Monday evening’s storms have left more than 100,000 residences and businesses across the state without power. The Oklahoma State Department of Health (OSDH) is offering safety tips to prevent illness and injury in the days to come.
Scott Sproat, director of the OSDH Emergency Preparedness and Response Service, said it’s important to be mindful of food safety when there has been a loss of power for more than four hours.
“Any refrigerated foods such as meats, dairy, eggs, or leftovers should be discarded to prevent foodborne illnesses,” said Sproat. “The same is also true for any food which may have come in contact with storm or flood water. When in doubt, throw it out.”
Frozen foods in a freezer can usually be kept up to 48 hours without power. A frozen product that has thawed should not be refrozen—it should be used immediately or thrown away. Anyone who has questions about medication being spoiled from water or lack of refrigeration should contact their health care provider.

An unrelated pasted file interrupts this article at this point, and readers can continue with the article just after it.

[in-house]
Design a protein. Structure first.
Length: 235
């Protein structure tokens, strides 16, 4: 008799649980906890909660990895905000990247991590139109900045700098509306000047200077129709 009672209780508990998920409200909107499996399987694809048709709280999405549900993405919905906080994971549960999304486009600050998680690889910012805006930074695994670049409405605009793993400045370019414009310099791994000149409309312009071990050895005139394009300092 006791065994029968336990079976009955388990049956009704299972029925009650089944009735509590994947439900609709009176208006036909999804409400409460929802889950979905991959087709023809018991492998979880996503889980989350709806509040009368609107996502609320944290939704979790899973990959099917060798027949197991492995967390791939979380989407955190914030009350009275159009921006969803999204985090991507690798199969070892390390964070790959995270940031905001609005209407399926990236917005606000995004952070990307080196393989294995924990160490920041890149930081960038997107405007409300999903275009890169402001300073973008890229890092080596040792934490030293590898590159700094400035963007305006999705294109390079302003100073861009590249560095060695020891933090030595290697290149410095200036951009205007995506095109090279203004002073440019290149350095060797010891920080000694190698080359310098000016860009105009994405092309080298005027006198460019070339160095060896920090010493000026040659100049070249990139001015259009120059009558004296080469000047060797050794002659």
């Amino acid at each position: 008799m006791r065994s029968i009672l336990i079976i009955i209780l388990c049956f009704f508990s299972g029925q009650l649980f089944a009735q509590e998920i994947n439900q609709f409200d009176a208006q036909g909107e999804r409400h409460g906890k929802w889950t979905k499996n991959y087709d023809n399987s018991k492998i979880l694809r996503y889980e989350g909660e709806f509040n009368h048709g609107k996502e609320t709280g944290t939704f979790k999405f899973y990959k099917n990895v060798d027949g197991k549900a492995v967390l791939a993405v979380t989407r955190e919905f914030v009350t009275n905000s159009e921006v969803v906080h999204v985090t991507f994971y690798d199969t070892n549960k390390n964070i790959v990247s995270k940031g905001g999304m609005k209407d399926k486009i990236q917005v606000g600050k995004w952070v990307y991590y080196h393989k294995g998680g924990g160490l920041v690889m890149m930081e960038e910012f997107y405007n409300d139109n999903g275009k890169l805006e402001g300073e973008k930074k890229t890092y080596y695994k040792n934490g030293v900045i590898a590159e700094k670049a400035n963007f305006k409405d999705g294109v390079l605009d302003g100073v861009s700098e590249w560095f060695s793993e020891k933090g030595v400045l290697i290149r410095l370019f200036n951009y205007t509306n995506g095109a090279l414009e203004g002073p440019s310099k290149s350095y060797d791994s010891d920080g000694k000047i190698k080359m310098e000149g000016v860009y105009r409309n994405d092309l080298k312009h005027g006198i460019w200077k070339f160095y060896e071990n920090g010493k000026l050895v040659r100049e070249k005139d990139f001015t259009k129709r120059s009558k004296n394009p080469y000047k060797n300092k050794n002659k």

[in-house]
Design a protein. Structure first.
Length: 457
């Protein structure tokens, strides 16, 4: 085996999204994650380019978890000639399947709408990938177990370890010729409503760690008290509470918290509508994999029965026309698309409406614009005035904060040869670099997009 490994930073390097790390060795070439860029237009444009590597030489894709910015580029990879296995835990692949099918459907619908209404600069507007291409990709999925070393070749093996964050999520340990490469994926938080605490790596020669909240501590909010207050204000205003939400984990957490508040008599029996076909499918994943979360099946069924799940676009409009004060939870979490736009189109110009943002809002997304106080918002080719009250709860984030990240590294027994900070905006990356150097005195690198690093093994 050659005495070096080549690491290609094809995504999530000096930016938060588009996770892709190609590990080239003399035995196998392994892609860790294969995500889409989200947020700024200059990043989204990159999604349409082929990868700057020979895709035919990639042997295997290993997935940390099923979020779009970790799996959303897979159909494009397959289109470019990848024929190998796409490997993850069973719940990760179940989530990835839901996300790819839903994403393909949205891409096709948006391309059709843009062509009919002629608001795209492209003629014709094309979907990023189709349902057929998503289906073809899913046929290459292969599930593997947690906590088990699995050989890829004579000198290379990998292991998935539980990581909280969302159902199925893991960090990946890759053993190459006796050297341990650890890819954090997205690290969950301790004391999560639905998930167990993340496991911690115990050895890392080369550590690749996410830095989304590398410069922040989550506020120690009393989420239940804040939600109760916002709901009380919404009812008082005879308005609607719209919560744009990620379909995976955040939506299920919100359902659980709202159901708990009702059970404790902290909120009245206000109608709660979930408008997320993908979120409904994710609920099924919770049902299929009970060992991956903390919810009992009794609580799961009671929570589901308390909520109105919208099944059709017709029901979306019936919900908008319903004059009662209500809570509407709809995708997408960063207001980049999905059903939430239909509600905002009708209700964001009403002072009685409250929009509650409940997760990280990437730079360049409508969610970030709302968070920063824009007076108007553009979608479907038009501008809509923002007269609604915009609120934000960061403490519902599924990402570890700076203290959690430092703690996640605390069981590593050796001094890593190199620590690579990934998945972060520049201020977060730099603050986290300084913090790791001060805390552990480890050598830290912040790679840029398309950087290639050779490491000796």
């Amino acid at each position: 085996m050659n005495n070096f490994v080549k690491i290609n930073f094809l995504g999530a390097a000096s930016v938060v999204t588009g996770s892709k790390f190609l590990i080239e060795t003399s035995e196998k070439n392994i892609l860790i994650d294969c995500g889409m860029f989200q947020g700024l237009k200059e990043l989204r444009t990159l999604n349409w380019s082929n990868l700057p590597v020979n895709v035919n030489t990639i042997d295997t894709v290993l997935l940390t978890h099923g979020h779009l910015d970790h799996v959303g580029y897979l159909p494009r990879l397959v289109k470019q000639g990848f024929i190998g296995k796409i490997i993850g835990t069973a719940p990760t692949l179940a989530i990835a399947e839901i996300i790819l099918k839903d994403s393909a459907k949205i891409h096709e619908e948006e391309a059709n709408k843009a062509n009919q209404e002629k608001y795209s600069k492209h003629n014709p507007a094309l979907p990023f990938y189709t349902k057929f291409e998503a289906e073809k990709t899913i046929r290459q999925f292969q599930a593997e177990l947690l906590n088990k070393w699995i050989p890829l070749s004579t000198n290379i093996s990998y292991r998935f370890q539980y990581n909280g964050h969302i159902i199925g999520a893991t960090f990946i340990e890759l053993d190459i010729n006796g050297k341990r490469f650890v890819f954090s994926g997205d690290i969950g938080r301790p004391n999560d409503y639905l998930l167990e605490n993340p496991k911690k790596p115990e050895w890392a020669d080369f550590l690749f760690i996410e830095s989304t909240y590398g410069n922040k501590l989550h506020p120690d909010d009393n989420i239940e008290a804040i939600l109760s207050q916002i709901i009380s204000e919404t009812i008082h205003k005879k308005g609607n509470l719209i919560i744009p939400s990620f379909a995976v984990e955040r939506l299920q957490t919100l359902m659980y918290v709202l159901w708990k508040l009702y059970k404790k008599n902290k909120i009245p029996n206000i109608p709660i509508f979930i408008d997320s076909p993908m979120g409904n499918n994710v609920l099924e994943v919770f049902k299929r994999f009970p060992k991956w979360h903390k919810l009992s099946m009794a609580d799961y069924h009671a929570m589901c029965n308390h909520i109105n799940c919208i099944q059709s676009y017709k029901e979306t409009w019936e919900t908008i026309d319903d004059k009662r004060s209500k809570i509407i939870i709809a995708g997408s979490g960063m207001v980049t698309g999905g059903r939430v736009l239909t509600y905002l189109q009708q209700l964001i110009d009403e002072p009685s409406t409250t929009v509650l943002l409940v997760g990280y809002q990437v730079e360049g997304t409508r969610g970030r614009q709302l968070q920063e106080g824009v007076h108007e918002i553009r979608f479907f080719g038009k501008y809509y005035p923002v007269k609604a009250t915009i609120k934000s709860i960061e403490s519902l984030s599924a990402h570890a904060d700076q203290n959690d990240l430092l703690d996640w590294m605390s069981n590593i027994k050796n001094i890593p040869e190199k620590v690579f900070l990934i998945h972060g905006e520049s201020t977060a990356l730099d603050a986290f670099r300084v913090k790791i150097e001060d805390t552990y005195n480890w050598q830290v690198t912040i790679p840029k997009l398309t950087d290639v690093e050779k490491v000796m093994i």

Another primary concern during a power outage is carbon monoxide poisoning from alternate sources of power such as generators, grills and camp stoves. OSDH Emergency Manager Darrell Eberly said these devices should be used outdoors and never inside a home, garage or basement.
“Carbon monoxide is an odorless gas found in combustion fumes produced by small engines, stoves and gas ranges,” said Eberly. “Improper use of generators can cause accidental carbon monoxide poisoning, which can lead to loss of consciousness and even death.”
Health officials also encourage a tetanus booster for those involved with cleanup of debris, tree limbs or other objects which may cause a puncture wound.
For more information, contact a local county health department or visit www.ready.gov or www.cdc.gov/disasters. Preparedness information also is available in English, Spanish and American Sign Language by visiting the OSDH YouTube channel and selecting the Preparedness playlist.